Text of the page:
Venezuelan migrants in Spain are jobless, eat in churches and live in small rooms with nothing

Venezuelan migrants in Spain
Interview with four Latin American immigrants in Madrid: “There are days when we only eat once.” Photo: EFE/ Luis Millán

Jonathan is Venezuelan. He has only been in Spain for 20 days and already speaks as if he had spent a lifetime here. In this short period of time he has already worked and his boss has refused to pay him, he has already shared “a small room that has nothing” and he has already ordered food in churches: “there are days we only eat once” .

He entered Spain like many other Latinos, as a tourist, but he is in an irregular situation since his intention when he came was always to stay.

A few days ago he demonstrated in Madrid in front of the Spanish Congress of Deputies for Refugee Day, where a couple of hundred people demanded better access to administrative appointments in Immigration to manage their situation.

Venezuelan migrantsVenezuelan migrants
Jonathan has only been in Spain for 20 days and already speaks as if he had spent a lifetime here. Photo: EFE/ Luis Millán

Illegally in Spain

Now he has just returned from the Plaza Elíptica in Madrid, in the south of the city, where businessmen go with their vehicles to pick up migrants to take them to work for shifts, illegally, especially for construction and construction work.

He has not had any luck, he tells EFE, the police “was around” and few vehicles have dared to stop in the face of possible fines and arrests: “the life of a Latino is hard, because I arrive alone, I have no one, I have never thought that they don’t give you a job here. We are in the 21st century and we live in slavery.

And he regrets that migrants in an irregular situation are “poorly paid and harassed”, because “they mistreat us, they put us to work and they don’t want to pay us. Why don’t they give us the opportunity, there are colleagues here who eat once a day”.

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The Venezuelan José received political asylum, despite this, his employment situation is not far from that of Jonathan, since asylum seekers must wait six months from the time they submit the application to be able to work legally. At 5:30 am he goes to Plaza Elíptica to try his luck. Photo: EFE/ Luis Millán

“I haven’t found a good pattern yet”

José has a different casuistry from that of his compatriot, since he received political asylum because he left Venezuela due to the situation in the country and due to persecution by the Police, one of the elements necessary to prove to obtain asylum.

Despite this, his employment situation is not far from that of Jonathan, since asylum seekers must wait six months from the time they submit their application to be able to work legally. At 5:30 am go to Plaza Elíptica to try your luck.

«You survive as many of us do, one day of work, two and you save until you complete the payment of the room; to eat, if you are not working, there are churches and organizations that offer breakfast or lunch, if you are working there are times when you go away and spend the whole day without eating until at the end of the followingnoon you get paid and you buy something”, he says to EFE.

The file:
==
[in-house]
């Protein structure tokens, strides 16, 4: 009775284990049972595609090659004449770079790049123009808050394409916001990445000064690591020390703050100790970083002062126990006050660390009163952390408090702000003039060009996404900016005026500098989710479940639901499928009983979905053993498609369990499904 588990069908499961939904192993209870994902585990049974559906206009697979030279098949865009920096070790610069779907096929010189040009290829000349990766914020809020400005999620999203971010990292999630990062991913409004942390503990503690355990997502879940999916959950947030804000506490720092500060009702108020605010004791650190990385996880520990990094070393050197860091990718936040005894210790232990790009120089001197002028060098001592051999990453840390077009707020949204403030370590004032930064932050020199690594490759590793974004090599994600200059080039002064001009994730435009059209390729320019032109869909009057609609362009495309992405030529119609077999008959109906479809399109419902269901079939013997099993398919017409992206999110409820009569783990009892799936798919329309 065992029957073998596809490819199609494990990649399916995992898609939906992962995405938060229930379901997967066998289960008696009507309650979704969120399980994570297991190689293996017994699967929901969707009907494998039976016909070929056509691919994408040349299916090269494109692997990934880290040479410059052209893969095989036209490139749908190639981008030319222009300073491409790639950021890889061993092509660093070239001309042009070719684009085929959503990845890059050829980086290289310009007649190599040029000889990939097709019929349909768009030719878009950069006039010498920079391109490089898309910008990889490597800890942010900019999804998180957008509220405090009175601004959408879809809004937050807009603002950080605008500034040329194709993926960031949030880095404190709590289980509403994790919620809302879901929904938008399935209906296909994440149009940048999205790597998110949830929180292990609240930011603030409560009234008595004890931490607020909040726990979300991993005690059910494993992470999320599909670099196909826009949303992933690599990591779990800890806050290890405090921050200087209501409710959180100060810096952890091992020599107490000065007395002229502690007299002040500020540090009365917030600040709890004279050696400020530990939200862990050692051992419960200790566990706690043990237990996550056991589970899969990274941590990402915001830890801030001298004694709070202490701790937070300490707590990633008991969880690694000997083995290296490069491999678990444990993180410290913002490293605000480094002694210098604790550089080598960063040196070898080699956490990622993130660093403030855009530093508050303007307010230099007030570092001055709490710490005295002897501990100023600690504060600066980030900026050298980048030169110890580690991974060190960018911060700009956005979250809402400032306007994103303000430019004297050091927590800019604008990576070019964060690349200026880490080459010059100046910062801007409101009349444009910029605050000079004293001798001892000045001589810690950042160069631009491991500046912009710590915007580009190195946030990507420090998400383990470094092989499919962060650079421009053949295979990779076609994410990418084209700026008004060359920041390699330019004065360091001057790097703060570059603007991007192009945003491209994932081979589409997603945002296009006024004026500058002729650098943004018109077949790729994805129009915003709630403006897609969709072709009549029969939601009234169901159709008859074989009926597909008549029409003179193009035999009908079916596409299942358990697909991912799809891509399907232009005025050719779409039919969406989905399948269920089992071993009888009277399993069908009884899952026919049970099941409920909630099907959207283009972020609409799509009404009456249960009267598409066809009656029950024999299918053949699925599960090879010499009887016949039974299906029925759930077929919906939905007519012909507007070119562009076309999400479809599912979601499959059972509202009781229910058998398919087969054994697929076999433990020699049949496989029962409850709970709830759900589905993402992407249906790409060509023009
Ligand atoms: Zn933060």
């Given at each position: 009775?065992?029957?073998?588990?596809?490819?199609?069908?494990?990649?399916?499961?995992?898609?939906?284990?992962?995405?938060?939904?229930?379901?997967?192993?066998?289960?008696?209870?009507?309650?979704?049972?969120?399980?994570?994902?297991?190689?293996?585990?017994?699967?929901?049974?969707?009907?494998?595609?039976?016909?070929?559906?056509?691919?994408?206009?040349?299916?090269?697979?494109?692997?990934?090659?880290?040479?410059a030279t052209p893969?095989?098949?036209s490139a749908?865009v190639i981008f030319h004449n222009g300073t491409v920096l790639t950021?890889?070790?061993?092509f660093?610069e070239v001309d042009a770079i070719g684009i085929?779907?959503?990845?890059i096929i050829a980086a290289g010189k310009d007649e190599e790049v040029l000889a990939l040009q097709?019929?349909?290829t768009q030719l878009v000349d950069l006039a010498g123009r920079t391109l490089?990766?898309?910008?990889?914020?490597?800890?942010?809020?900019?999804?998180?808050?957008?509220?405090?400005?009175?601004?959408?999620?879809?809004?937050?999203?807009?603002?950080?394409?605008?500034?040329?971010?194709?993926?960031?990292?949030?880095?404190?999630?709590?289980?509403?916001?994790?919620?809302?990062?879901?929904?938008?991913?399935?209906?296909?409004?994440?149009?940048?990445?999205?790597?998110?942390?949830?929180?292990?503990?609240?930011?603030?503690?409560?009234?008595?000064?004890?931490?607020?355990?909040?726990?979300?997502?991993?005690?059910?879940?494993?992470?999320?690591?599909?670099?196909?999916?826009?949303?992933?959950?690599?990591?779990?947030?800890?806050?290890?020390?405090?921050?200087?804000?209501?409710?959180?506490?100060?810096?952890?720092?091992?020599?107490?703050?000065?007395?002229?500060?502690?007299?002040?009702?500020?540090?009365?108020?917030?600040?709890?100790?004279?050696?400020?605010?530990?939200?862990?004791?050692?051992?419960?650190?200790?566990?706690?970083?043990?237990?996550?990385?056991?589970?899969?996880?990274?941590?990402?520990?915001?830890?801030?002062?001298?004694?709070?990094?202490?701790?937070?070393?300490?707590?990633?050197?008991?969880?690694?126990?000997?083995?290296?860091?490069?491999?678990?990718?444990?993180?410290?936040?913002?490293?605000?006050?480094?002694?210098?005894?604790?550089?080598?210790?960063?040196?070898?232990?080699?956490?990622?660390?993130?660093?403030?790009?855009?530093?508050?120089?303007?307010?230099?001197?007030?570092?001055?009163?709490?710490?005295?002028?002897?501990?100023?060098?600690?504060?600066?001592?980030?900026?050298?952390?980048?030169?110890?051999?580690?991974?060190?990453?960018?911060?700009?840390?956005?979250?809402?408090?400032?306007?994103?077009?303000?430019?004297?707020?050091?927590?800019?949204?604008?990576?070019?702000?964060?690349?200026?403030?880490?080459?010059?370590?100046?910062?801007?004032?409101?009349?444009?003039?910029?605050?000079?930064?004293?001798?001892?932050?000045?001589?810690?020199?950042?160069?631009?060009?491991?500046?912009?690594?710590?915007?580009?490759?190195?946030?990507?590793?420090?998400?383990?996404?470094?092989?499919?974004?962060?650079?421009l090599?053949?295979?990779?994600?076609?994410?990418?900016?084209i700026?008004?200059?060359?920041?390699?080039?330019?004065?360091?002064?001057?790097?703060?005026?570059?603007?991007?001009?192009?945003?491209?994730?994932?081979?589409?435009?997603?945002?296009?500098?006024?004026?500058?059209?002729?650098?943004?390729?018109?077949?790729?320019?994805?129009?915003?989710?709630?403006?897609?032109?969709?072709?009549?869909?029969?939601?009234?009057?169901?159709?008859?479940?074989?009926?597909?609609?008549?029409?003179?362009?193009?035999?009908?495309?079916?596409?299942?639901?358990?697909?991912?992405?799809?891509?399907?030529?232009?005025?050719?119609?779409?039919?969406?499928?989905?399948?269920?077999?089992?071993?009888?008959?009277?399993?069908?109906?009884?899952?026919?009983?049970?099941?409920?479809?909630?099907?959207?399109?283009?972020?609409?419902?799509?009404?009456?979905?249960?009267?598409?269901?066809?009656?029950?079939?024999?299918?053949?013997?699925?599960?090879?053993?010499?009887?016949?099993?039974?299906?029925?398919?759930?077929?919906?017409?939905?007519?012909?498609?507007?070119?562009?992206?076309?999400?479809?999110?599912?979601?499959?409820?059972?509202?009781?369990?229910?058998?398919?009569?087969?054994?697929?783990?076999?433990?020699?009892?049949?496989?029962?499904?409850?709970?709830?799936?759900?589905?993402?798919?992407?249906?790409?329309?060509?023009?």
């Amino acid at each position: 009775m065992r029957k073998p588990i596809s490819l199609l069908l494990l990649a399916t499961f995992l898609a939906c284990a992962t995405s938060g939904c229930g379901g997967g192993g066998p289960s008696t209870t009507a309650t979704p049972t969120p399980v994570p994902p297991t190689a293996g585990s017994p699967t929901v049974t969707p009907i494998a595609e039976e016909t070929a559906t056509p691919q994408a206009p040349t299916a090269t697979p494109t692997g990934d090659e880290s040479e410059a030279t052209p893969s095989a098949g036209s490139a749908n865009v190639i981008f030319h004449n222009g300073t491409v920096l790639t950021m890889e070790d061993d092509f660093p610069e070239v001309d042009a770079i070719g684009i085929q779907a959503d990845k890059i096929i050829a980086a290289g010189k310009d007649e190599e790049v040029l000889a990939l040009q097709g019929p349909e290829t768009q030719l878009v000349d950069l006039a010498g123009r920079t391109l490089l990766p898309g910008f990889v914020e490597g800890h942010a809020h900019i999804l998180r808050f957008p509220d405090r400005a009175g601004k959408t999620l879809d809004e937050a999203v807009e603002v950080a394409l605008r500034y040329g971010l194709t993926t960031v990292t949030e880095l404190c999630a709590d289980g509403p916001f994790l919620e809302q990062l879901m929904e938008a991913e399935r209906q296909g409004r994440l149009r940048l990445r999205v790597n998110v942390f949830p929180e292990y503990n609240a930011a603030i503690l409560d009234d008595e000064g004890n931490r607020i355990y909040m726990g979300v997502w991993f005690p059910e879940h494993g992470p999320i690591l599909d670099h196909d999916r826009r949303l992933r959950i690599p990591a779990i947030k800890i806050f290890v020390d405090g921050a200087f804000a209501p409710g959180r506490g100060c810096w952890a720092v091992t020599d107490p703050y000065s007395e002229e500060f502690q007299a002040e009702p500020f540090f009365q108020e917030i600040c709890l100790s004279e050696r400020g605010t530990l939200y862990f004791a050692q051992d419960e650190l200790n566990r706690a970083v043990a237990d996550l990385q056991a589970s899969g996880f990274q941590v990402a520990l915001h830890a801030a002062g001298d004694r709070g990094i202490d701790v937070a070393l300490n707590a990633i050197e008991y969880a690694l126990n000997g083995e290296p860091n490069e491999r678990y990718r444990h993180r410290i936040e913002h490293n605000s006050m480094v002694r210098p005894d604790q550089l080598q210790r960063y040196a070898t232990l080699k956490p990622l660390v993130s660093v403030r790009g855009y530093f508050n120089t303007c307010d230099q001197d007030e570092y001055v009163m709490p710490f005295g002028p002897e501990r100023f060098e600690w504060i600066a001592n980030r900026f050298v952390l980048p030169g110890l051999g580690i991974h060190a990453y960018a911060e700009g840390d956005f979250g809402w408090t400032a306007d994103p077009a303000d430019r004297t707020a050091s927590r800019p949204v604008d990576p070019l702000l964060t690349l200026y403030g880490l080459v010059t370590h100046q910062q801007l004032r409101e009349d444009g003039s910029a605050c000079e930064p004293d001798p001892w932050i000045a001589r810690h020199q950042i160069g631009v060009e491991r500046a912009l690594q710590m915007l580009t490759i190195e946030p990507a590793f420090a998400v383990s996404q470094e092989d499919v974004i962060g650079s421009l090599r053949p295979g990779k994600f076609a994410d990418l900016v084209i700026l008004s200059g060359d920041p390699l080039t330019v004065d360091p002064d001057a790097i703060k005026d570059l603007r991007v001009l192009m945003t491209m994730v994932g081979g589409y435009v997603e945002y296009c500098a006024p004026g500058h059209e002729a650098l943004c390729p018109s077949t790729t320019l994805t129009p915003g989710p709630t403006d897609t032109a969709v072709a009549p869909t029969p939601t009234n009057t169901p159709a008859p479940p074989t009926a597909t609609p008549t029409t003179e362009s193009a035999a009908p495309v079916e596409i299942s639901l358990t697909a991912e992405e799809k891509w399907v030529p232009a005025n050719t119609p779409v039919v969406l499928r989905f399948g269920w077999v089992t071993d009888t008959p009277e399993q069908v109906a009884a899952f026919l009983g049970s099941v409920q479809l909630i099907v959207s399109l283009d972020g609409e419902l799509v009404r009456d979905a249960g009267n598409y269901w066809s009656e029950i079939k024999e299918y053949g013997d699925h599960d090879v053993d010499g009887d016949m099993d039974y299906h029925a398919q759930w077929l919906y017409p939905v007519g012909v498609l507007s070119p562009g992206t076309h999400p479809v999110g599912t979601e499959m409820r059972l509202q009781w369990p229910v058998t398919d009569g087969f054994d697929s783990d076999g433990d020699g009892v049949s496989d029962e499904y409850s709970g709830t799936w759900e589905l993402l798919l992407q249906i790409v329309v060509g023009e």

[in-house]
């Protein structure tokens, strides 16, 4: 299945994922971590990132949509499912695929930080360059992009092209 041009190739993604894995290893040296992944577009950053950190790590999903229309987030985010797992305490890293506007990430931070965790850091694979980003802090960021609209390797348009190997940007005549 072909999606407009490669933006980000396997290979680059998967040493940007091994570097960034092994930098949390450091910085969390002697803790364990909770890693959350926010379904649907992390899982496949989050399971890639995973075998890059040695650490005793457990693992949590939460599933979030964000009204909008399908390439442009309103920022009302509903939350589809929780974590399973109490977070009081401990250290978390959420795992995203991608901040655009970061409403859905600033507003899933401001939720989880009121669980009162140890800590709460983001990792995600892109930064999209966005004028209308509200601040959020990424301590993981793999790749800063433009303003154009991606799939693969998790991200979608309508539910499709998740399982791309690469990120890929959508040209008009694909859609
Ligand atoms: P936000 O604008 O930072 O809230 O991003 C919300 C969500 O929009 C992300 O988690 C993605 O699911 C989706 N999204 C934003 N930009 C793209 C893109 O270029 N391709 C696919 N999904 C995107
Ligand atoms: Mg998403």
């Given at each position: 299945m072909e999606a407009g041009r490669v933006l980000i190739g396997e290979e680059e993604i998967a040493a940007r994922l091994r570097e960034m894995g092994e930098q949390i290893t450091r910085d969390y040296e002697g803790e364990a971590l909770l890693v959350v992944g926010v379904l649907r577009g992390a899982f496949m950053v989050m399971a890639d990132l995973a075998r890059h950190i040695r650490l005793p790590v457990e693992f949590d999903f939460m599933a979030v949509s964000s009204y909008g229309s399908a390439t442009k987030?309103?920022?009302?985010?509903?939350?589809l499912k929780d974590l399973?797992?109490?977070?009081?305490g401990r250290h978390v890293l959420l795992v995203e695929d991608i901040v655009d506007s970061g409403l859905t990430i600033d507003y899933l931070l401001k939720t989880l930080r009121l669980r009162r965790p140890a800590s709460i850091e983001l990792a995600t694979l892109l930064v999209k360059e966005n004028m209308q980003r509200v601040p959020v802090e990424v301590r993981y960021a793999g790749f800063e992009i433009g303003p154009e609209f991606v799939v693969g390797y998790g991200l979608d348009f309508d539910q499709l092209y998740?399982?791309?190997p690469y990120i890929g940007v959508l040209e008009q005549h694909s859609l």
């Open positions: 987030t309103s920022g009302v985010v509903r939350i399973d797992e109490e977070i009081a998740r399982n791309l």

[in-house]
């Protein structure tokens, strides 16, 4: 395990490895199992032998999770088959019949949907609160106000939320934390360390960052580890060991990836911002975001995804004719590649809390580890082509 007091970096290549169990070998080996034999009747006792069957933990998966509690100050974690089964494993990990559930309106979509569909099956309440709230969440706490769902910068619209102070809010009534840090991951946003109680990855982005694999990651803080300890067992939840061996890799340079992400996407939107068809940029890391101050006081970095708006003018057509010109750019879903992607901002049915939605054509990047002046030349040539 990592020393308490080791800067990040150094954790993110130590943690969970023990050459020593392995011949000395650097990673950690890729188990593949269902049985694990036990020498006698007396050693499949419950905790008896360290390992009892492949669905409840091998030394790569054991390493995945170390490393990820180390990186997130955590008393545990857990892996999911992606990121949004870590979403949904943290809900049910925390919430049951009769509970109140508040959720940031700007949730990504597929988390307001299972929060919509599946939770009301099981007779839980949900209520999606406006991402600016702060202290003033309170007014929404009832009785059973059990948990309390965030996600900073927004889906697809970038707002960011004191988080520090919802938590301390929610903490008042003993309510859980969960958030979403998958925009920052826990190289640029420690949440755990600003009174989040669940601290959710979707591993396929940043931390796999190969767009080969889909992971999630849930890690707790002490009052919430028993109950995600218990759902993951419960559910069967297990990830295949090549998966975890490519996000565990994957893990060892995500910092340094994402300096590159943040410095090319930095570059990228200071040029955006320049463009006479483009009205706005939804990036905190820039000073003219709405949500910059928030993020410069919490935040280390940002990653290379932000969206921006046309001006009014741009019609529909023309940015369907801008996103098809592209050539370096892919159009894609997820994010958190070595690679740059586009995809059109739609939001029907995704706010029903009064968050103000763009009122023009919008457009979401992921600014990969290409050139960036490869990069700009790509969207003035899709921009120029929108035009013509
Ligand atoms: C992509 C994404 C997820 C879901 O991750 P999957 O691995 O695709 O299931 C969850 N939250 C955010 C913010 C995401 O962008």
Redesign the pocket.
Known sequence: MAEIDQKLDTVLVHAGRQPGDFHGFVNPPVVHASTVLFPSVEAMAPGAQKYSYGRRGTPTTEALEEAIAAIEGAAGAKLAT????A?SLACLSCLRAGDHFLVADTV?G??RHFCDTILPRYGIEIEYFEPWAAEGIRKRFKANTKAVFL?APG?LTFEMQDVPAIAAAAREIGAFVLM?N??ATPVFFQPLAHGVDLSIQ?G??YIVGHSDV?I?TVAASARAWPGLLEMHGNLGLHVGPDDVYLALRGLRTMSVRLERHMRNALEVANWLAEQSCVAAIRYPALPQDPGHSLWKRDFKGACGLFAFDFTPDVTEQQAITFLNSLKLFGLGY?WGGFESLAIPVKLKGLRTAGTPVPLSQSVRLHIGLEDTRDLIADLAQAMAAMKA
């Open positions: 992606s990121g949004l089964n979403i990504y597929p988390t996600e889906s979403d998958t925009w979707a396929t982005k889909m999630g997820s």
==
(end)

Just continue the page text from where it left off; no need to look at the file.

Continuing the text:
“I’m a professional butcher and a truck driver, I had never worked in construction and there are good bosses and other regular ones, I still haven’t found a good one but here we are,” he says ironically.

Alan is Honduran, with a degree in International Trade, and had to leave his country due to gang pressure. Photo: EFE/ Luis Millán

From Honduras

Alán is Honduran, with a degree in International Trade, and had to leave his country due to pressure from the gangs. He tried twice to enter the United States and following two failed attempts he returned “even worse” to Honduras and forged his departure to Spain.

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“I had to come in silence, only my family knew that I was leaving, I sold everything and I came,” this young man, who is forced to hide his situation from his family to avoid suffering, tells EFE.

He explains that one of the big problems that he and the rest of the migrants encounter is the lack of access to appointments at the police station and in Immigration, since “one searches the web and cannot find it, it is closed, there is no way to enter and only there is a way like everywhere, paying ».

A situation arising from the pandemic, which from the College of Administrative Managers of Catalonia (Cogac) associate with «lack of staff and organization».

Marc Giménez Bachmann, rapporteur for the Cogac Immigration and Nationality Commission who has been advising migrants for 25 years to regularize their situation, tells EFE that there are “very big problems” in getting an appointment with the Police.

«There is a drama for non-EU citizens and even more so for EU citizens, because in the European Union there is freedom of movement, they can come here and work, but they have to apply for the NIE -foreigner identity number-, for these there is absolutely never appointments, for which a community right is violated, ”he adds.

According to criticism, a Spanish citizen takes 10 minutes to renew their identity card, but a foreigner takes 45 days to get any card.

Alán resigns himself and shares that, following all, they are “illegal people trying to do what is fair, what is good.”

“My family does not know my current situation, they ask me how I am and I tell them that I am very well,” he acknowledges, and for that reason he demands papers for everyone, “that it be a free country for all, not that they give it to us, but that they help us to do the procedures at least».

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